Gentleman and a scholar?

To those with more brain power (and free time) than myself…

Today at work a friend said that I was a gentleman. Out of almost pure habit I immediately tacked on, “…and a scholar.”

Hours of search engine pounding later and neither of us can figure out where the “gentleman and a scholar” phrase came from. I’m afraid that WAY too many sites have the phrase contained within their pages.

Anyone know who said/wrote this first? Anyone know who that person was referring to?

Any help would be great.

Och aye.

The quotation comes from Robert Burns, a Scottish poet who lived from 1759-1796.
Acccording to Bartlett’s Quotations, the attribution is from The Twa Dogs; which contains the lines

And a pointer to The Official Robert Burns Web Site

[awful joke hijack]
Tony Blair is being shown around a hospital. He comes to a ward full of people who seem to have nothing wrong with them.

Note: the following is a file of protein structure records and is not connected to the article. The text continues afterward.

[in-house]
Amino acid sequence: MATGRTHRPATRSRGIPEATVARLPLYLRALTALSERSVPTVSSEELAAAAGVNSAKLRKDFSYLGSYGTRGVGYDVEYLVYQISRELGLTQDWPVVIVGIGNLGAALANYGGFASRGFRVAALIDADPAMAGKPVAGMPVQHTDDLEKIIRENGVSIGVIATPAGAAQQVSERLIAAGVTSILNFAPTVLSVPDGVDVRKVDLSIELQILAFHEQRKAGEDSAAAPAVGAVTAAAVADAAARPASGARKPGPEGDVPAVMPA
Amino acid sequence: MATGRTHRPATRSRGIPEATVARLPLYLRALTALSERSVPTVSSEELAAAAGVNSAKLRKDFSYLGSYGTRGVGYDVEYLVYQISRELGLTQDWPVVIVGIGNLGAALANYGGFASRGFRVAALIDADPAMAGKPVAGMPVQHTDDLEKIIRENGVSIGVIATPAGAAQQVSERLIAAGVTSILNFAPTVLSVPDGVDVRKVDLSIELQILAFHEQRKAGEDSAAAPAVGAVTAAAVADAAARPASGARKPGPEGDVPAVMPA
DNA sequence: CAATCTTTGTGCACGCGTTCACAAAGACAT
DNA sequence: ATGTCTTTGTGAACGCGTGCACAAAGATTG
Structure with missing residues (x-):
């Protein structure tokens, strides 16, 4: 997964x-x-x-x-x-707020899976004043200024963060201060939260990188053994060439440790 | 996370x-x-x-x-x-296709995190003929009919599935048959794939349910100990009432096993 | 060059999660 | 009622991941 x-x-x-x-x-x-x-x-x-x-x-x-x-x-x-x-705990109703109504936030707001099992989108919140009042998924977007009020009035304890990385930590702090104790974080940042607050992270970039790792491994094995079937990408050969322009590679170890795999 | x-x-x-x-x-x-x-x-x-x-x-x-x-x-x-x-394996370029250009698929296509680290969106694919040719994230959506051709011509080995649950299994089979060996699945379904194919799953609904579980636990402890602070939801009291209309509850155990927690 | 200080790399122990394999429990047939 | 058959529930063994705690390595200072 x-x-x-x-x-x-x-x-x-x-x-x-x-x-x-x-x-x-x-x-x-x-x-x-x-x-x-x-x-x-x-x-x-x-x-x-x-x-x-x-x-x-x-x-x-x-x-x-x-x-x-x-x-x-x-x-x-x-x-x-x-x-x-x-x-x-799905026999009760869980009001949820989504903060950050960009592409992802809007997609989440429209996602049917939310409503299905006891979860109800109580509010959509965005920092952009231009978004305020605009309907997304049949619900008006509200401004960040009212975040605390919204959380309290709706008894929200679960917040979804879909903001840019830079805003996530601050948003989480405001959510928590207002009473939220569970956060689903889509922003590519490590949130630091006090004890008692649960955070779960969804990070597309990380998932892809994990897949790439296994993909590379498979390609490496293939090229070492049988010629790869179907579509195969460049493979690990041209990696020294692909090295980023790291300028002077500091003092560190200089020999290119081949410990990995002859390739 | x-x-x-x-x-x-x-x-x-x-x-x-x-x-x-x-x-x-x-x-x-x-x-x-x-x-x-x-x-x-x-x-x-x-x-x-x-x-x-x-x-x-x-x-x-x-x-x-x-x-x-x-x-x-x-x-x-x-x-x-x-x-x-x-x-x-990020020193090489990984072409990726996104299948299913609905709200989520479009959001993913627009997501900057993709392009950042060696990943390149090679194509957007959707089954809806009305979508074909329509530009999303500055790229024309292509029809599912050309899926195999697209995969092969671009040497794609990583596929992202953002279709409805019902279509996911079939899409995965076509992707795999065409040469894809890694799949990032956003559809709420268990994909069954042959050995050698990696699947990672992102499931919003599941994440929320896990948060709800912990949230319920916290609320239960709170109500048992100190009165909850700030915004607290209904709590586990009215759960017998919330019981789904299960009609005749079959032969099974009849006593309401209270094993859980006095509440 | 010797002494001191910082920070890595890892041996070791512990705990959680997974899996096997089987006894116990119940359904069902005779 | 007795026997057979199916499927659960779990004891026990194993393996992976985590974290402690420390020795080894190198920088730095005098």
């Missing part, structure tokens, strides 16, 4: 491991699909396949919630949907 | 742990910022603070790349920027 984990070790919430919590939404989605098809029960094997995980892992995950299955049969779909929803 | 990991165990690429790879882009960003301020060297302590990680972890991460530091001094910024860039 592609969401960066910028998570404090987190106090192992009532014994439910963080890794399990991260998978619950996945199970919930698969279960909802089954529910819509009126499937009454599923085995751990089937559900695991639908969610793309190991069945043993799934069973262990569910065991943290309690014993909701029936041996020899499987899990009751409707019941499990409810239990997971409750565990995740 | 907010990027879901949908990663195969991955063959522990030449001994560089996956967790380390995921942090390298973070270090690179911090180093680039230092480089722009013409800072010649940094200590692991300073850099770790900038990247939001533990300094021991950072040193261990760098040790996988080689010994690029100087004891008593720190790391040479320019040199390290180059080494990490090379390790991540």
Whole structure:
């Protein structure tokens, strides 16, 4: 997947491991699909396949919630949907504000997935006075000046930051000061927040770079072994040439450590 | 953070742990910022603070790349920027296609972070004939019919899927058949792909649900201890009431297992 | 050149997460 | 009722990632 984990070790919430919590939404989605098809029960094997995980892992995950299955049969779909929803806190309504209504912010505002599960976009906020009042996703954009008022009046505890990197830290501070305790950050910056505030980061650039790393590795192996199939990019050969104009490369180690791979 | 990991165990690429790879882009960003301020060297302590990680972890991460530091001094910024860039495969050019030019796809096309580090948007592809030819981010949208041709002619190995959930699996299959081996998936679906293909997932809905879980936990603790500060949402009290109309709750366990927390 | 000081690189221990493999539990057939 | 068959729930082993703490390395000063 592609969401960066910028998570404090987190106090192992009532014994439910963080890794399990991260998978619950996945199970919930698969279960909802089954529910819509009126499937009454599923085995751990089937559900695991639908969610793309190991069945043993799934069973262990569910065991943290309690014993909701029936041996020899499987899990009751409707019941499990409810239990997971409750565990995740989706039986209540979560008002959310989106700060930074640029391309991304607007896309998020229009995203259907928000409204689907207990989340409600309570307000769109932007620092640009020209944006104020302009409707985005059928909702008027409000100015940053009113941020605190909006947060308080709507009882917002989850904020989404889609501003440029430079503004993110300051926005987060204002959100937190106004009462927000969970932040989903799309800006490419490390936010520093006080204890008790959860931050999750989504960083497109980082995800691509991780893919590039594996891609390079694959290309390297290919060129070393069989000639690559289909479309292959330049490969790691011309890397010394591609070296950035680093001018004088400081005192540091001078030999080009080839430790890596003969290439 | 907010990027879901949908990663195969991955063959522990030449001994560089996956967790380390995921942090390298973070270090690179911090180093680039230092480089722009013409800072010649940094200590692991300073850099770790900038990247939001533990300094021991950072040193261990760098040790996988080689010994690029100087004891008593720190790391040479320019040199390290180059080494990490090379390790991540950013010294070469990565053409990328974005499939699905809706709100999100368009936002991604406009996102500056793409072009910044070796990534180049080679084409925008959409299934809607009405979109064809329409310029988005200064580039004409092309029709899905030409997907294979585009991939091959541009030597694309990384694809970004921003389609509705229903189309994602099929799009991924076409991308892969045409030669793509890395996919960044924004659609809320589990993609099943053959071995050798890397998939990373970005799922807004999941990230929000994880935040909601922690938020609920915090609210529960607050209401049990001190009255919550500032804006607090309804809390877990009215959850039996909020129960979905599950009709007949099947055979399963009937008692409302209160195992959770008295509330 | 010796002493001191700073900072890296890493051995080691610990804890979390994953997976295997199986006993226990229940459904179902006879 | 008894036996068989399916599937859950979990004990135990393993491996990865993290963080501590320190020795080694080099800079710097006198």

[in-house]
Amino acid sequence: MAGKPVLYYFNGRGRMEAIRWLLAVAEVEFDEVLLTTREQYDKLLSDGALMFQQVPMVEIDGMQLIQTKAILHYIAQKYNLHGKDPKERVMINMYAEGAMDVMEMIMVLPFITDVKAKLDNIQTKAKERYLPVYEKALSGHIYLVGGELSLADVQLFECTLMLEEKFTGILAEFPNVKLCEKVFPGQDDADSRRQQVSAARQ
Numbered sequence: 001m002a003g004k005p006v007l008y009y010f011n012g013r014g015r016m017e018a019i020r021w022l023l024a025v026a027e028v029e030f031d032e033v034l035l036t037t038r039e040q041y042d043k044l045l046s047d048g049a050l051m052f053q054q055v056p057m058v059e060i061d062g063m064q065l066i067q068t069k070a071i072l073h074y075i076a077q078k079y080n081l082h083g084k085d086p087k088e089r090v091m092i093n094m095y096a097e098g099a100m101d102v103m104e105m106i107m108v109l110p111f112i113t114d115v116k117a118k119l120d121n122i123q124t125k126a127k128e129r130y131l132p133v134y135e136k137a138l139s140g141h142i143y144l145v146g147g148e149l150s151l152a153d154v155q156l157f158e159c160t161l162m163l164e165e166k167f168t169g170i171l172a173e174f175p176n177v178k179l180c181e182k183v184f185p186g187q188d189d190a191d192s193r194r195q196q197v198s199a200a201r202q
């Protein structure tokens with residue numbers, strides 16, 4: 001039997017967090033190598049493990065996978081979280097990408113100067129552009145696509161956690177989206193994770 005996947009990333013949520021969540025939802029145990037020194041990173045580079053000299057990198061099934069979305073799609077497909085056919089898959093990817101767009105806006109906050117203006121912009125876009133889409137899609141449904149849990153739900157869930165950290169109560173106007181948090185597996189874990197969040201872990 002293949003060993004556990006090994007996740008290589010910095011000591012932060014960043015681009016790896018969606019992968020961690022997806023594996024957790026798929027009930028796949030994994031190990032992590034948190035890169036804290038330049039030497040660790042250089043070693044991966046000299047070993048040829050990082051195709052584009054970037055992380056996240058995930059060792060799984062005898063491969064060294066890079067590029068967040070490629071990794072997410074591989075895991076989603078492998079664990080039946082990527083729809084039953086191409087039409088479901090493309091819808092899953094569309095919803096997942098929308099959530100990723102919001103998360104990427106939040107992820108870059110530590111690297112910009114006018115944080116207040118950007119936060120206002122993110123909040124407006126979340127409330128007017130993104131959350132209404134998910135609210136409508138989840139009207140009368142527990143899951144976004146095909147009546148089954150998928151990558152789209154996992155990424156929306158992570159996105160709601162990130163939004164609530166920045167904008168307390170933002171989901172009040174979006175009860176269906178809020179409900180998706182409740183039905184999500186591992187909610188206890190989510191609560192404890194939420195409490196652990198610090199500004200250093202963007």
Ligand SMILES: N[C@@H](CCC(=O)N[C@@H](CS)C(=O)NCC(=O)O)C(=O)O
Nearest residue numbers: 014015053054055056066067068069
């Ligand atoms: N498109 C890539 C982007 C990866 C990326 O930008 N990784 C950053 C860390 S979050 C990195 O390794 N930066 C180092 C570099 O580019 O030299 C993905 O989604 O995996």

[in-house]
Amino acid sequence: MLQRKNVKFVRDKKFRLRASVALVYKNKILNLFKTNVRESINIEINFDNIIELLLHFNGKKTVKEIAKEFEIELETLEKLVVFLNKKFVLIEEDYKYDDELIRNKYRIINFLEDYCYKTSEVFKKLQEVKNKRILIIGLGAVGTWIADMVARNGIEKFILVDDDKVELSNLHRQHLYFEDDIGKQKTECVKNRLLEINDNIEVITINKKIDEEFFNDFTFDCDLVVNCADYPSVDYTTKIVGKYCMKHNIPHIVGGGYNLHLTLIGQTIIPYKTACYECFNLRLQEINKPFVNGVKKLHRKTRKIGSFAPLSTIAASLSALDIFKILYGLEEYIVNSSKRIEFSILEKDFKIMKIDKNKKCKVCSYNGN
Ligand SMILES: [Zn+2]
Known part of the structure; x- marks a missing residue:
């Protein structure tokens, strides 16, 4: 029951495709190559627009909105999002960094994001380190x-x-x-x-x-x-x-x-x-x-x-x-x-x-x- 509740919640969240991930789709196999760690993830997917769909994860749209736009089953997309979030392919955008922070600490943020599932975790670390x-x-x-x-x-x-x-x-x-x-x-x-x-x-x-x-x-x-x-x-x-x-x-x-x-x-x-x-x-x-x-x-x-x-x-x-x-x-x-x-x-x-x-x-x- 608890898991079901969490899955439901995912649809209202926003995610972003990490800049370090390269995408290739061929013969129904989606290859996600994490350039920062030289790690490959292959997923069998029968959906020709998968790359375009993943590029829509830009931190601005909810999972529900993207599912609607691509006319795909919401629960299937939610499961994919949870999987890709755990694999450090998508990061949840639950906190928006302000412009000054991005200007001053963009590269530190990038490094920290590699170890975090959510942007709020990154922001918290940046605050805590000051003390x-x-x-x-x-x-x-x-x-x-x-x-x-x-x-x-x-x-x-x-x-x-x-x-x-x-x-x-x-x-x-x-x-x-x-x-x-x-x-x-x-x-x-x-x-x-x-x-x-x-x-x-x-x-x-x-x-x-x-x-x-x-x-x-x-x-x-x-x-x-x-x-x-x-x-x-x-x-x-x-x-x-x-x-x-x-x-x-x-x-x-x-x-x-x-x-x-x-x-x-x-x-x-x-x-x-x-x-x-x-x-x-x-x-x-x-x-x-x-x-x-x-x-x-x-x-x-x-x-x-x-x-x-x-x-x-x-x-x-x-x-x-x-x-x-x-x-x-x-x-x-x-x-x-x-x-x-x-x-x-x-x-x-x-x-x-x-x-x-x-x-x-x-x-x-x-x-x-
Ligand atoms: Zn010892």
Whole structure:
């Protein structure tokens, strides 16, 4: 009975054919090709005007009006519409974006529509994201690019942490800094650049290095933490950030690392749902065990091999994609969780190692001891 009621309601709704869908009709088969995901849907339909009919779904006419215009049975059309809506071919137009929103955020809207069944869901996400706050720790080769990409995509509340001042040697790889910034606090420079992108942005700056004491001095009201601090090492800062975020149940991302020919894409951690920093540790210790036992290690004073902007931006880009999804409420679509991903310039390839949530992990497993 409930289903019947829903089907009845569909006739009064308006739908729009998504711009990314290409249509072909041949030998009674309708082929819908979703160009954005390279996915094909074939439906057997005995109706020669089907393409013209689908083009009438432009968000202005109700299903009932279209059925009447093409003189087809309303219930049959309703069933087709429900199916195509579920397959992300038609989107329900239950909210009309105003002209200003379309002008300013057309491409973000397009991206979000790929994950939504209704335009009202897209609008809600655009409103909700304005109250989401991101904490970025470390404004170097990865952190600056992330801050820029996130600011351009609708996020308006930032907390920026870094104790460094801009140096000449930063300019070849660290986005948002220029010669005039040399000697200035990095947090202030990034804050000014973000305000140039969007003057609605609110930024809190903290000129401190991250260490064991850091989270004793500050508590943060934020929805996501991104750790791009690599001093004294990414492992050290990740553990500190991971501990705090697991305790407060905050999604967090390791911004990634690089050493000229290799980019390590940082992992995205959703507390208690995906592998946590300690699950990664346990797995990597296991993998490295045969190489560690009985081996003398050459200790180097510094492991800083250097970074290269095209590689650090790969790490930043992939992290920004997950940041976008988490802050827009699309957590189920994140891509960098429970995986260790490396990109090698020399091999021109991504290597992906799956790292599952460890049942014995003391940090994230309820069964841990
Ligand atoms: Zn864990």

He goes to the first bed and says “Well, how are you.” The patient looks him straight in the eye and says “The best laid schemes of mice and men gang aft agley!”.

Tony smiles politely, and walks to the next bed, where the patient greets him with a hearty “Och, wad the gods the giftie gie us, to see ourselves as others see us.”

Slightly confused, Tony tries to strike up a conversation with yet another inmate, but this one just mutters “Och, my luv’s like a red, red, rose that’s newly sprung in June” repeatedly.

“Is this the psychiatric ward?” says Tony.

“No,” the ward sister replies. “It’s the Burns Unit.”

[/awful joke hijack] I’ll get my coat…

Thanks a ton for the help!